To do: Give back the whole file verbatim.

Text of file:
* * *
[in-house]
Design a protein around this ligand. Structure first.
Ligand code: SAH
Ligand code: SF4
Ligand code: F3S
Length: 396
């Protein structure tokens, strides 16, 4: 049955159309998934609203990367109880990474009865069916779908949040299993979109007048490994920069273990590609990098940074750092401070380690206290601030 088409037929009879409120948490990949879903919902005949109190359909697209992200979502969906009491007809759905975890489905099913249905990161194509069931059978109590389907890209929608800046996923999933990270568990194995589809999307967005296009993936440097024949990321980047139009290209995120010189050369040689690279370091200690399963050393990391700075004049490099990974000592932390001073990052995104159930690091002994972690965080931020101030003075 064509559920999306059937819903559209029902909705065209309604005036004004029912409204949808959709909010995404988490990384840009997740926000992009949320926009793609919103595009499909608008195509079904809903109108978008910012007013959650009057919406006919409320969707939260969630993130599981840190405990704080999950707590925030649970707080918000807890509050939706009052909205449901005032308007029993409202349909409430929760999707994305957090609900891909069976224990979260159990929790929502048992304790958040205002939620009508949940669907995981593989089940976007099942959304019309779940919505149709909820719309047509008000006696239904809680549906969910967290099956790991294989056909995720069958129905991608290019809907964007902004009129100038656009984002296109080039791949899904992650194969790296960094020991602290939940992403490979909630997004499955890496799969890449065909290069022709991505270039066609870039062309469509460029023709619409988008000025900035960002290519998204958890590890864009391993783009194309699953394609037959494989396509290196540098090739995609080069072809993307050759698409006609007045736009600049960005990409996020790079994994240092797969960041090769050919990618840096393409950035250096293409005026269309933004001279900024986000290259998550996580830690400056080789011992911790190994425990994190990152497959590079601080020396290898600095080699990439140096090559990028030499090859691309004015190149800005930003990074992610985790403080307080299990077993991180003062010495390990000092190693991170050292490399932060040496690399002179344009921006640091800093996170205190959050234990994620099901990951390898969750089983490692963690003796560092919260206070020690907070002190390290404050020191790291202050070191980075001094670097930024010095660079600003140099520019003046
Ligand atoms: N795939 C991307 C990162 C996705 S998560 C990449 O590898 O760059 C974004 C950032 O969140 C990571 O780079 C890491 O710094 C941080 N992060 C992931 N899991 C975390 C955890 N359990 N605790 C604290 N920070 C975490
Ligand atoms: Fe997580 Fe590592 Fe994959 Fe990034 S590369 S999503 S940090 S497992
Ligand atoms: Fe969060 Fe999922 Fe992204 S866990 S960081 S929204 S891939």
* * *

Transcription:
[in-house]
Design a protein around this ligand. Structure first.
Ligand code: SAH
Ligand code: SF4
Ligand code: F3S
Length: 396
């Protein structure tokens, strides 16, 4: 049955159309998934609203990367109880990474009865069916779908949040299993979109007048490994920069273990590609990098940074750092401070380690206290601030 088409037929009879409120948490990949879903919902005949109190359909697209992200979502969906009491007809759905975890489905099913249905990161194509069931059978109590389907890209929608800046996923999933990270568990194995589809999307967005296009993936440097024949990321980047139009290209995120010189050369040689690279370091200690399963050393990391700075004049490099990974000592932390001073990052995104159930690091002994972690965080931020101030003075 064509559920999306059937819903559209029902909705065209309604005036004004029912409204949808959709909010995404988490990384840009997740926000992009949320926009793609919103595009499909608008195509079904809903109108978008910012007013959650009057919406006919409320969707939260969630993130599981840190405990704080999950707590925030649970707080918000807890509050939706009052909205449901005032308007029993409202349909409430929760999707994305957090609900891909069976224990979260159990929790929502048992304790958040205002939620009508949940669907995981593989089940976007099942959304019309779940919505149709909820719309047509008000006696239904809680549906969910967290099956790991294989056909995720069958129905991608290019809907964007902004009129100038656009984002296109080039791949899904992650194969790296960094020991602290939940992403490979909630997004499955890496799969890449065909290069022709991505270039066609870039062309469509460029023709619409988008000025900035960002290519998204958890590890864009391993783009194309699953394609037959494989396509290196540098090739995609080069072809993307050759698409006609007045736009600049960005990409996020790079994994240092797969960041090769050919990618840096393409950035250096293409005026269309933004001279900024986000290259998550996580830690400056080789011992911790190994425990994190990152497959590079601080020396290898600095080699990439140096090559990028030499090859691309004015190149800005930003990074992610985790403080307080299990077993991180003062010495390990000092190693991170050292490399932060040496690399002179344009921006640091800093996170205190959050234990994620099901990951390898969750089983490692963690003796560092919260206070020690907070002190390290404050020191790291202050070191980075001094670097930024010095660079600003140099520019003046
Ligand atoms: N795939 C991307 C990162 C996705 S998560 C990449 O590898 O760059 C974004 C950032 O969140 C990571 O780079 C890491 O710094 C941080 N992060 C992931 N899991 C975390 C955890 N359990 N605790 C604290 N920070 C975490
Ligand atoms: Fe997580 Fe590592 Fe994959 Fe990034 S590369 S999503 S940090 S497992
Ligand atoms: Fe969060 Fe999922 Fe992204 S866990 S960081 S929204 S891939």